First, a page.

It was less than effective to raise the question before the 9th Circuit, and that was with Eugene Volokh making the best possible argument out of a monumentally trivial, yet insignificantly irrelevant, line in an opinion where she otherwise won. And so what does Crystal Cox do? Wait for it…
She does a pro se petition for certiorari to the Supreme Court. Oh, yes. Yes she does.
The sole purpose is to have the Supreme Court redact the sentence that offends her from the opinion. And so naturally, she raised a few questions:
Petitioner requests this court to decide the following questions:
Does Petitioner, Defendant, Litigants in a Civil Case have a Human Right, Constitutional Right, and right under U.S. Code to be Considered Innocent until Proven Guilty?
Do Ninth Circuit Judges have the legal authority to issue an opinion on criminal allegations in a civil case in which the criminal allegation is not a matter of record in the lower court, has not been adjudicated and is not a material factor of the case?
Does Petitioner, Litigants, in a Civil Case have a legal right to due process of law, in cases where Judges RULE that Litigants, such as petitioner have committed crimes of which Petitioner was not on trial for nor was a matter of record in the lower court ?
Do Ninth Circuit Judges have to find a Defendant Guilty of a Crime, Beyond a Reasonable Doubt, or to have been Adjudicated of that crime in a U.S Court, BEFORE they rule that a litigant such as petitioner is guilty of this criminal behavior or criminal activities?
Do litigants, such as petitioner, have a Fourteenth Amendment Rights, Bill of Rights and Due Process of Law Rights that have to be adjudicated for a crime before a Ninth Circuit Judicial Panel can issue an “opinion” in a highly publicized, higher court, esteemed ruling, regarding that alleged crime?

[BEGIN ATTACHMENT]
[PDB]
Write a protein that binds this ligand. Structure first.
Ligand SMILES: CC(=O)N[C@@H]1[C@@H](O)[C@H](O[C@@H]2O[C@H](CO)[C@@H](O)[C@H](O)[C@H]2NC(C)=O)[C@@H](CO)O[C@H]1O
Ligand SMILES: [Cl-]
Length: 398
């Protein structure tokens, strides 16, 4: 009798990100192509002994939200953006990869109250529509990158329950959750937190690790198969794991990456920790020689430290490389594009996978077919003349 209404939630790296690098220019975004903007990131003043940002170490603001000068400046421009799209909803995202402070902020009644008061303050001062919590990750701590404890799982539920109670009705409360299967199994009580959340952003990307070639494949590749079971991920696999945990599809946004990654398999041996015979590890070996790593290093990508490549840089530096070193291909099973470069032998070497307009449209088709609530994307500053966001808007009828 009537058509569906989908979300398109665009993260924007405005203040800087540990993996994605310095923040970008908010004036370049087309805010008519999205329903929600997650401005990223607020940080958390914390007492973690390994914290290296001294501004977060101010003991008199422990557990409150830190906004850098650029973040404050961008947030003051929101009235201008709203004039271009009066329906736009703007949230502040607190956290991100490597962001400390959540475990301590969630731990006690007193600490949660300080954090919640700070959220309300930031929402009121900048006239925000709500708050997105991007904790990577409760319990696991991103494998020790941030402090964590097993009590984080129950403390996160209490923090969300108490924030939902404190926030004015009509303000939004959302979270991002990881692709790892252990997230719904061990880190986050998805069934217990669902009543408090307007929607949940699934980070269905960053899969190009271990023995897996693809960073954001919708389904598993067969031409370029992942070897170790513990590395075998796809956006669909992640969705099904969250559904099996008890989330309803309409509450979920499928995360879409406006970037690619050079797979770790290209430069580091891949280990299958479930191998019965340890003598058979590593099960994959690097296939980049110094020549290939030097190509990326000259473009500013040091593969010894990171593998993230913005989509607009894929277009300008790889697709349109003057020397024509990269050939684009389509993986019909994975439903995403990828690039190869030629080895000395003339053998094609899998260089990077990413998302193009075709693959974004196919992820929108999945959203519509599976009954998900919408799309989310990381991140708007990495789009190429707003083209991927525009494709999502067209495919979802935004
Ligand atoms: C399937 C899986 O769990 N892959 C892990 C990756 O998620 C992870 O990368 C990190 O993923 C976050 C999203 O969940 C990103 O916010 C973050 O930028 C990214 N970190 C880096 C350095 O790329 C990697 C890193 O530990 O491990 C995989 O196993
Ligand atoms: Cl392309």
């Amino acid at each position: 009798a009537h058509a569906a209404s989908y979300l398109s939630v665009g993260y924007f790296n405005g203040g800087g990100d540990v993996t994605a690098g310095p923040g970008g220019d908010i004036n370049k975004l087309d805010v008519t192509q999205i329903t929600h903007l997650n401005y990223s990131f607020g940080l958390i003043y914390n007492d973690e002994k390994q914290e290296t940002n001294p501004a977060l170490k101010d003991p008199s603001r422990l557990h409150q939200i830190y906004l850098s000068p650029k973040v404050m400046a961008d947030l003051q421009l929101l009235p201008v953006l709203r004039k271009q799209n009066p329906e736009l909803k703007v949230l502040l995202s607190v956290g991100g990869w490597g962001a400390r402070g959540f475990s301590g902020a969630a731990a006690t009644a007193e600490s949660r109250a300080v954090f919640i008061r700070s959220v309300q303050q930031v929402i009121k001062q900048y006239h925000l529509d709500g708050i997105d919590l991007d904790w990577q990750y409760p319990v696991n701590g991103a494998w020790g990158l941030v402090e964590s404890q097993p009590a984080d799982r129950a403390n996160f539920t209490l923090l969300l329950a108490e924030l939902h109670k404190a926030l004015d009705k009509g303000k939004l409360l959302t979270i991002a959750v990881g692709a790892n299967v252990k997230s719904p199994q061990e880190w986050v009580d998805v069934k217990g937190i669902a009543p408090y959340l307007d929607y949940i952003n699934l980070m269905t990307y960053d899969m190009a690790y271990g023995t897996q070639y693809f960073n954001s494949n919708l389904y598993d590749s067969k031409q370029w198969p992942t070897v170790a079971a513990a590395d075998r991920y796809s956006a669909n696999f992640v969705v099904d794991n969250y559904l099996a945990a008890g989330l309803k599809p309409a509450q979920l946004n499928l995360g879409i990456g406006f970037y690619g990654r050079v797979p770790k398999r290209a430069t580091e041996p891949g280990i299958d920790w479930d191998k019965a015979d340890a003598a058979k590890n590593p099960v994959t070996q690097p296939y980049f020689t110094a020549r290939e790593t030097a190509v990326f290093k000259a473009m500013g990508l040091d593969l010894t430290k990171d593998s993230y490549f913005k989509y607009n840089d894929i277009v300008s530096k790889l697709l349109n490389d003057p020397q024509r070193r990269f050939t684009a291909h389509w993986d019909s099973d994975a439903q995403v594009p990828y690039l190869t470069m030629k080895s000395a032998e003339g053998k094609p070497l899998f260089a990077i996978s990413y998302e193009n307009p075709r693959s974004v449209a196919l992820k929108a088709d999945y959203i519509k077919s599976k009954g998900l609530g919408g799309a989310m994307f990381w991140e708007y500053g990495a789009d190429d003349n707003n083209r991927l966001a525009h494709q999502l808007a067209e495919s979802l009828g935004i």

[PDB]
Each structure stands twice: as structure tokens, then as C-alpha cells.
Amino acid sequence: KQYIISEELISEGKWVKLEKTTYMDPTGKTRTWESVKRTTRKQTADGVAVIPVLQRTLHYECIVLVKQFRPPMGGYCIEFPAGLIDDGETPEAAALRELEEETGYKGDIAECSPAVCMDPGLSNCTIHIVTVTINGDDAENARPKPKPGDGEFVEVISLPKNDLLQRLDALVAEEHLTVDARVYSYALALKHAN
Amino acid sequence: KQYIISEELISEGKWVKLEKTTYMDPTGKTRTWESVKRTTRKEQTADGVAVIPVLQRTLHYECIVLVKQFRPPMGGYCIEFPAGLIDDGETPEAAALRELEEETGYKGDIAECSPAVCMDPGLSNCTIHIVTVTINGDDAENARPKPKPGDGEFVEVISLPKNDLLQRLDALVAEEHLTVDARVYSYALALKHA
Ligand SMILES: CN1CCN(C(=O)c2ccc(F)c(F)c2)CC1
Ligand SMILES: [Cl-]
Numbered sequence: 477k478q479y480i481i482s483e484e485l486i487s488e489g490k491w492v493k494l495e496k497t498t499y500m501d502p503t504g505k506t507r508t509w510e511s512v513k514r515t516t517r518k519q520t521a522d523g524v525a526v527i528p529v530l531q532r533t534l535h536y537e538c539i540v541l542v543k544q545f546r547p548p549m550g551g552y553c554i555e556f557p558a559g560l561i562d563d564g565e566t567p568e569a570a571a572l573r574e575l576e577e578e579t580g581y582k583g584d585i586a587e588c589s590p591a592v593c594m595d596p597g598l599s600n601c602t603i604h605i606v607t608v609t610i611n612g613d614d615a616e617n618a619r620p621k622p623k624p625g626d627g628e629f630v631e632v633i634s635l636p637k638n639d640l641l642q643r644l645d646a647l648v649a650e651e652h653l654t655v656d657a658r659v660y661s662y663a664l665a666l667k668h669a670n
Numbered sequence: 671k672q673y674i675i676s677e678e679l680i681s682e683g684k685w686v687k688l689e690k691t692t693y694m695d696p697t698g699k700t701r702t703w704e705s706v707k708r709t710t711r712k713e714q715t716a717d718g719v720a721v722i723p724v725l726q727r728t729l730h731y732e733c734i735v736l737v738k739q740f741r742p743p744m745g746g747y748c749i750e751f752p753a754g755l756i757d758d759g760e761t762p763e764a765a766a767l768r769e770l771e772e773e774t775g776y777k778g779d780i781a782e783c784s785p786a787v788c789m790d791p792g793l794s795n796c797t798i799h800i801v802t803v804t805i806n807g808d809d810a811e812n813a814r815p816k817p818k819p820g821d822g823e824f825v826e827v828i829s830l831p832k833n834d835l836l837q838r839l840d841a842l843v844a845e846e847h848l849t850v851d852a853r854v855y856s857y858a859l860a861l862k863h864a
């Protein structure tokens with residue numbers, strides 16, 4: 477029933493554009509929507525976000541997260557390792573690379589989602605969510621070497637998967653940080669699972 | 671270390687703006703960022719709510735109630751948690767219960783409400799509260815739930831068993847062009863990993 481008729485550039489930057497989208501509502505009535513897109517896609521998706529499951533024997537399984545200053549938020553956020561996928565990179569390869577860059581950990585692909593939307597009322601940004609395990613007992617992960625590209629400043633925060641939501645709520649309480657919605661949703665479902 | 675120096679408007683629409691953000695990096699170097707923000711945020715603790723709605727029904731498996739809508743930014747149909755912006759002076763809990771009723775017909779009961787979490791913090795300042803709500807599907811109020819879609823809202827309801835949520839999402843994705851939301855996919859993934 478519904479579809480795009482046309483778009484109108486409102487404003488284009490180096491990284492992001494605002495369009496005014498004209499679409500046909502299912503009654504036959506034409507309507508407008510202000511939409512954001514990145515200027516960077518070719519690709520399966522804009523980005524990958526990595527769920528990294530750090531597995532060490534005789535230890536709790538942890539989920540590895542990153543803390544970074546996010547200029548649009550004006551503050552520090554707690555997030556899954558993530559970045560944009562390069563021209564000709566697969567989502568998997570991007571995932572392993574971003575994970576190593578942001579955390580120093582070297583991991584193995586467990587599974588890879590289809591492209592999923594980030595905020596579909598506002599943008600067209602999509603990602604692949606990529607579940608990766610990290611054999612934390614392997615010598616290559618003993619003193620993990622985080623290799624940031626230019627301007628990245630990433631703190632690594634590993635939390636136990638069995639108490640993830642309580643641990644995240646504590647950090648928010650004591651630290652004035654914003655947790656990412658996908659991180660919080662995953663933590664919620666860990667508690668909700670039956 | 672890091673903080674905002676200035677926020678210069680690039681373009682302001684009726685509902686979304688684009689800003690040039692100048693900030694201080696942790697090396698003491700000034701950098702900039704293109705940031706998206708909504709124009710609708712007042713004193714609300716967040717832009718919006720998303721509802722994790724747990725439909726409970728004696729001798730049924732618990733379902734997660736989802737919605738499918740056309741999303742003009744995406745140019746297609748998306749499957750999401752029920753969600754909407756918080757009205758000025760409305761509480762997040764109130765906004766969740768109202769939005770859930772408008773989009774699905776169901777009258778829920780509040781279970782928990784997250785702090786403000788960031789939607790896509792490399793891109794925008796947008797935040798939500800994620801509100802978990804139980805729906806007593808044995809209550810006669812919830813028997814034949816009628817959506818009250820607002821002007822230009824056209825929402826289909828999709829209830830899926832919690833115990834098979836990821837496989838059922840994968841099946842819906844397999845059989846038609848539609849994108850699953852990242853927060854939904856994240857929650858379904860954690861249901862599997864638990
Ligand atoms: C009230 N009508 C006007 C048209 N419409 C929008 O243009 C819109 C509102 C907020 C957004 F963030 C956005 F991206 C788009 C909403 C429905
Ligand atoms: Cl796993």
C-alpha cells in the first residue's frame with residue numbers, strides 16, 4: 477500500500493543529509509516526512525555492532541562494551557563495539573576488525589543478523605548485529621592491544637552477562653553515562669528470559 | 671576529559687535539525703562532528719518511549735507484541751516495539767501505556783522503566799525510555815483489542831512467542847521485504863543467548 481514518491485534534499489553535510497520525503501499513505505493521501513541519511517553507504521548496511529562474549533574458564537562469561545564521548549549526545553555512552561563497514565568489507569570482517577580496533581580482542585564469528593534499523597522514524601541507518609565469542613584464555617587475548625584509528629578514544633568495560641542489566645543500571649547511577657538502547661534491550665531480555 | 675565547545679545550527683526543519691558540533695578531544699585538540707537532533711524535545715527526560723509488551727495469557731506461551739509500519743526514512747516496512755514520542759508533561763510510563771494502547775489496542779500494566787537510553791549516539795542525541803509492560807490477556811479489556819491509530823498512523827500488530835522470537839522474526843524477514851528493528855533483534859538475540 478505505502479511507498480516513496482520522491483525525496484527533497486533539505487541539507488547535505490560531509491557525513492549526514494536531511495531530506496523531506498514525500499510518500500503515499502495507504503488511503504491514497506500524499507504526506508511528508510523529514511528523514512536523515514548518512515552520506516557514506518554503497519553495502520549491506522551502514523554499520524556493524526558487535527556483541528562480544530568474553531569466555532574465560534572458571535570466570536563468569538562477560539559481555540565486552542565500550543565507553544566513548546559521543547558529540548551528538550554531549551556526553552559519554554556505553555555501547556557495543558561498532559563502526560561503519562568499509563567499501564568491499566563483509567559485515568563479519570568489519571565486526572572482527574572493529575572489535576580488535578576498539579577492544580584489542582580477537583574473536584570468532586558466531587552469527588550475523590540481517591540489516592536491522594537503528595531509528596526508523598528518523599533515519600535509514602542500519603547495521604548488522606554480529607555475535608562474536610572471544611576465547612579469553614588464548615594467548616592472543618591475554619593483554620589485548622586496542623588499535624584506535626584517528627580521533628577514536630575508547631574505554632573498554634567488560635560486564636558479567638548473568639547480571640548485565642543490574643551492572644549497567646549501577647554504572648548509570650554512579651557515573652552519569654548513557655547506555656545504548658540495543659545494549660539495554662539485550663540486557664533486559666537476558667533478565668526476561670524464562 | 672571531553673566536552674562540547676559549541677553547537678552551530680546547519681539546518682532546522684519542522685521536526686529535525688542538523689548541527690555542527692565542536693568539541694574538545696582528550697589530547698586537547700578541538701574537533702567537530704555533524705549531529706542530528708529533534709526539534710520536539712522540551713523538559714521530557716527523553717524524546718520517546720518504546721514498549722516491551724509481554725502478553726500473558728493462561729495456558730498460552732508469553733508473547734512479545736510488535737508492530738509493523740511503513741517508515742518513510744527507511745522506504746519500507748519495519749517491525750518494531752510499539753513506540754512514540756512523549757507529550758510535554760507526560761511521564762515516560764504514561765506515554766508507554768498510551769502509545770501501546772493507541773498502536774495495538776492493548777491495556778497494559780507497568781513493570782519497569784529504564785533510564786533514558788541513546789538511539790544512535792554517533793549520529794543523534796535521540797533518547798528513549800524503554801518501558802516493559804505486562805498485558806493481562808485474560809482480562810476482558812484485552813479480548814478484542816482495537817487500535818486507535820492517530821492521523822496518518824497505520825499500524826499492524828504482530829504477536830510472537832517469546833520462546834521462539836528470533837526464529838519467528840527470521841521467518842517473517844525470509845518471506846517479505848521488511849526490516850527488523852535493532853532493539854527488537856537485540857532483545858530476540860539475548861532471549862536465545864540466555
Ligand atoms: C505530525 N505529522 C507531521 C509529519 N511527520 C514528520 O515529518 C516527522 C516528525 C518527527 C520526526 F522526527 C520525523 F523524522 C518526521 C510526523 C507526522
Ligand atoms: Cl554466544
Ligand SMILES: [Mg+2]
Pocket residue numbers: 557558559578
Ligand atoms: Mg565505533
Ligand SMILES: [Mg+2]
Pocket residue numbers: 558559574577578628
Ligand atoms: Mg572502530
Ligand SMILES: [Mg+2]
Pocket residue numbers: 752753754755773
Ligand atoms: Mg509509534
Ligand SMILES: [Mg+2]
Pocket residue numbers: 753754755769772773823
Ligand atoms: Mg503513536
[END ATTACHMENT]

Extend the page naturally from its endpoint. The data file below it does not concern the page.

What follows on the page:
Do Ninth Circuit Judges have a lawful right to use a New York Times article as adjudicated fact and material evidence to issue a ruling that a litigant in a civil case is guilty of criminal activity?
Is it Lawful for Ninth Circuit Judges to use gossip, hearsay and the rantings of a New York Times Journalist as adjudicated fact, and use this as factual evidence in a Ninth Circuit Ruling?
Can the Court of Appeals Prejudice a Litigant with false and defamatory language in a ruling?
Does a litigant have a right to have the language in the ruling challenged or reviewed by an independent Court, (for example, the Supremes or another Appellate Court not involved in the decision with the defamatory and legally abusive language that prejudices the rights of the litigant in rehearing) ?
Does the court have the right to defame and slander litigants and deny due process?
Do judges have the right to convict litigants of crimes in judicial rulings based on New York Times articles?
Do Judges have a right to deny due process in lower courts by issuing a ruling that convicts litigants of crimes, thereby prejudicing them with a jury of their peers, as they return to have a new trial?
Do judges involved in a slanderous, possibly criminally defamatory statement have a legal and constitutional right to rule on whether they rehear this issue of them acting inappropriately and unlawful in that very ruling?
Is it lawful and within the constitutional rights of a Defendant such as Petitioner, for a panel of judges to use a New York Times article to convict a litigant in a civil trial of a crime of which they have not been adjudicated of?
So if you ever wanted to know the answers to any of these questions, this is your chance to find out. Since Cox is an “anti-corruption blogger” who fights for the rights of everyone like her, this could certainly be something the Supremes will happily consider from a pro se litigant.
Update: In the meantime, Marc Randazza is giving back the domains obtained from Cox via the WIPO decision to their namesakes, free of charge. Not that Cox bought them for any malevolent purpose, of course, because she just want to make sure their reputation was properly managed.